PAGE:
August 17, 2008 XIV Pentecost (RCL Proper 15A) Matthew 15: 10-28
The second part of this Matthew 15 reading, this sharp and even edgy exchange that Jesus has with the Syrio-Phoenician woman, is a kind of parallel to his encounter with the Woman at the Well in John 4, if we remember that story.
In both stories Jesus pushes the envelope for an Orthodox rabbi, interacting with women, which is always a problem to start with, and then in John a woman and a Samaritan, for that matter, who seems to be a scandal in the community for her wanderings outside of marriage and here in Matthew a woman again doubly-unclean, outside the family, a foreigner, a Palestinian Canaanite. Yet in both conversations a kind of spiritual alarm goes off as we hear these “untouchables” and see revealed a deeper purity founded not on superficial aspects of identity but on openness of heart and of a new relationship of holiness based on a response of faith, trust, loyalty to the presence and goodness of God in the person of Jesus.
The whole system seems to flip over, turn upside down. In a very real and revolutionary sense, these two women, not Israelites by heritage, become Daughters of Zion and heirs of the Covenant--in a way that equals and even perhaps surpasses the blessing for the biological sons and daughters of Abraham. Daughters of New Zion, heirs of the New Covenant. Certainly for Matthew and for John as well these moments of encounter and transformation and faith are compelling anticipations of the Kingdom, of God’s new dispensation for all of us, Jew and Gentile, insider and outsider. Not an overturning of the Old Covenant, but a gracious, loving, even extravagant expansion of the circle. An overflowing of God’s loving heart.
What is exciting about these women in both stories is that they don’t settle for easy answers, for the superficial, for the status quo. Jesus pushes, and they push back. Not to resist, exactly, but to persist, to achieve a deeper engagement, a deeper truth. “Hang in there with me, Jesus, and I’m going to hang in there with you. No matter what the rules say, I’m not going anywhere.”
Scroll up to the first part of our Matthew 15 reading this morning, before the woman crosses his path, and Jesus talks about a kind of religious piety that focuses on the regulation of minute dietary regulations or complex formal ceremonial practices and yet will turn a blind eye to “evil intentions, murder, adultery, fornication, theft, false witness.”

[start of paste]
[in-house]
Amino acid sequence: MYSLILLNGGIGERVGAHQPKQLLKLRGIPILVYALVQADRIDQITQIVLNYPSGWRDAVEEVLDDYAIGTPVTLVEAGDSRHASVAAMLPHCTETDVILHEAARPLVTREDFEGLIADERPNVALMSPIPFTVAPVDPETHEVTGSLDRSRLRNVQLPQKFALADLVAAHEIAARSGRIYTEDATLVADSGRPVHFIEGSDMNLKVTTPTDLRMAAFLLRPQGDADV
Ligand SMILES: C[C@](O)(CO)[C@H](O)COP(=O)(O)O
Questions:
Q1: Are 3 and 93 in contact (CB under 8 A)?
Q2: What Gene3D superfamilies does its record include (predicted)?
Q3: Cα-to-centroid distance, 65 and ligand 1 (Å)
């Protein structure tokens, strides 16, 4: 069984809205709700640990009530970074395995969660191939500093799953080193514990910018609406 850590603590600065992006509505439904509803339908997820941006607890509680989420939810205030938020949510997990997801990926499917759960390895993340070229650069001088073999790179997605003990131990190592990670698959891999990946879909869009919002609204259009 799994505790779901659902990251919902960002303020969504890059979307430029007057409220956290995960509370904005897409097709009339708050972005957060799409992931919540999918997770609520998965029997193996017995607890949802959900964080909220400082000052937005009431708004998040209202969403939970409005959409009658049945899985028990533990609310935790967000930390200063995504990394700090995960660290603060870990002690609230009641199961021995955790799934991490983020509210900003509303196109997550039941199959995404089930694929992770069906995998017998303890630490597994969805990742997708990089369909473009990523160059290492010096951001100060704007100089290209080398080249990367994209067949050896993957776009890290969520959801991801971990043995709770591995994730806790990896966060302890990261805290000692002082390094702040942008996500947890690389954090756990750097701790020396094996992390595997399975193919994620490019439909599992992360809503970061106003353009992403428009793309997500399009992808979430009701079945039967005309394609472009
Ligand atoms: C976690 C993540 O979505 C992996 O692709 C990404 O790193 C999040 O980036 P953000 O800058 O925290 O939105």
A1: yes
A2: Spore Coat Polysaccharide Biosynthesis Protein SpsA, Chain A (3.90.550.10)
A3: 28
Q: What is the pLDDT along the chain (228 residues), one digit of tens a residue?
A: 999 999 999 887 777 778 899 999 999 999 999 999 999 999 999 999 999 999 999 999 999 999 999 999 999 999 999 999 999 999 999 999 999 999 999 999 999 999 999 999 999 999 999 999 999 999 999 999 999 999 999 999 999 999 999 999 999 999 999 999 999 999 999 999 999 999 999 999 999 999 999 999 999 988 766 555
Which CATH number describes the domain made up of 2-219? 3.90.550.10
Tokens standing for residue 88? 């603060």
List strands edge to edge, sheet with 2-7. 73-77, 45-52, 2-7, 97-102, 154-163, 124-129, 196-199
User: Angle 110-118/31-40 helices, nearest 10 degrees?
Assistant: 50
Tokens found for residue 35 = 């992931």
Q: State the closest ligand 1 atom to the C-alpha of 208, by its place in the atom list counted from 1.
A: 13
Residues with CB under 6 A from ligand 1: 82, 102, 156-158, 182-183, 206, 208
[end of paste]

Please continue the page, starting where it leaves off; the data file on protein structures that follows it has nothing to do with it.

These days it’s kind of hard to hear this passage without thinking of so many politicians and religious and leaders of church and society who have presented themselves as pillars of righteousness, and who then have been undone in the harsh light of day. Read it in the tabloids, just about every day. Jesus talks about those who are like “whitewashed sepulchers.” Attractive on the outside, smooth-talkers, saying all the right words, but full of corruption inside. “Whitewashed sepulchers.” As if there were some costume we could wear to disguise who we really are.
The politician says, “I thought I could get away with it.” But for any of us, only fooling ourselves. Sooner or later the truth comes out—and even if we did manage to put one over on our contemporaries, for a moment or two, certainly there is another watching us and listening to us, who knows the secrets of our hearts.
In another place Jesus talks about “straining out a gnat and swallowing a camel.” All about trivializing the deep concern God has for the character of our life. Not that we don’t offer to God a loving sacrifice of obedience, an offering to express our own loyalty and devotion. But what a farce it is to turn that offering of loving obedience on its head, and to imagine even for a minute that God can’t see past our costumes and facades and performances to know the deeper character of our heart, the true loyalties and commitments of our lives. Not just politicians and televangelists who need to give this passage a second reading.
The Canaanite woman of Matthew 15 is right where the rubber hits the road, the very hard point of life, the point of life and death, the life and health of her child, her daughter, and she’s not interested in playing games or worrying over complicated dance steps. Nothing trivial here. All pretense and playacting stripped away. Cut to the chase, she says. There’s really no time to play games. Let’s get beyond that, let’s get real. She takes the hem of his robe and won’t let go. She needs to be in relationship to God where it matters the most, and she needs him right now, and she knows where to find him. I need you Jesus, and I am yours, if you will have me. Whatever healing and whatever new life there is here in you, that’s where I need to be.
As we would encounter him this morning at the Holy Table, as the people we really are, broken as we are, with what healing we need today, not going through the motions but with sincerity of heart, opening ourselves to the power of his love, to transformation, to new life.
“She said, ‘Yes Lord, yet even the dogs eat the crumbs from their master's table.’ “ There wasn’t anything she wouldn’t say. Putting it all on the line. “And Jesus answered, ‘Woman, great is your faith! Let it be done for you as you wish.’ And her daughter was healed instantly."